Swastikas drawn on portraits of a women’s rights champion and Holocaust survivor in Paris; the word “Juden” (Jews, in German) spray-painted on a bagel bakery; a tree planted in memory of a young Jewish man who was tortured to death, chopped down in a Paris suburb.
A spate of reports in recent days illustrates what the government officially confirmed on Tuesday: Anti-Semitic incidents have risen sharply in France. Such episodes jumped by 74 percent in 2018, to 541, up from 311 in 2017, the interior ministry reported.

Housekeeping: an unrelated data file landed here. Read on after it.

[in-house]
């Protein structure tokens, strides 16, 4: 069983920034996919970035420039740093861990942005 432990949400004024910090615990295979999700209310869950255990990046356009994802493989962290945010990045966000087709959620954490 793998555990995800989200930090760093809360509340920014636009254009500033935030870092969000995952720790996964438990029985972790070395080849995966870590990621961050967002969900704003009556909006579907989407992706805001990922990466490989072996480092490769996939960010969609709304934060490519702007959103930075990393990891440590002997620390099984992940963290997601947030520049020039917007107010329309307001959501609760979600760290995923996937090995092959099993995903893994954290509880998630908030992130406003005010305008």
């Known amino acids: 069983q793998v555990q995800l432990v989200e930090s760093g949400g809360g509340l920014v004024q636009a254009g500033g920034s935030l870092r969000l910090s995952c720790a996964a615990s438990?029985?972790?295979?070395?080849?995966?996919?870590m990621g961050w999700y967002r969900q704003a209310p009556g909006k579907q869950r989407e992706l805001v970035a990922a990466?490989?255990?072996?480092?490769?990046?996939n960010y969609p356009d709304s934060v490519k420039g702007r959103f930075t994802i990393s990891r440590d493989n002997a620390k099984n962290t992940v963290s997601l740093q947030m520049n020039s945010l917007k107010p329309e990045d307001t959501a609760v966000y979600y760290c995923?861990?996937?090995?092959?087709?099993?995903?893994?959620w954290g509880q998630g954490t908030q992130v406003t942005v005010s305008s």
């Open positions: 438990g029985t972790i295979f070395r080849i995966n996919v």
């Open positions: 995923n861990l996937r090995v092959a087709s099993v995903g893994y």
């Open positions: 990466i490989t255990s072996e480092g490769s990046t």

“Anti-Semitism is spreading like a poison, like a bile,” the interior minister, Christophe Castaner, said on Monday as he visited the site of the felled tree.
The tree was a memorial to Ilan Halimi, a Jewish man who was kidnapped and tortured to death after being held captive for three weeks by members of a French criminal gang in 2006. The authorities and Jewish institutions were preparing to commemorate the 13th anniversary of Mr. Halimi’s death, which falls on Wednesday, when the tree was found destroyed.
Anti-Semitic incidents have risen sharply in France. Such episodes jumped by 74 percent in 2018. https://t.co/a0GCuwi05j
— The New York Times (@nytimes) February 13, 2019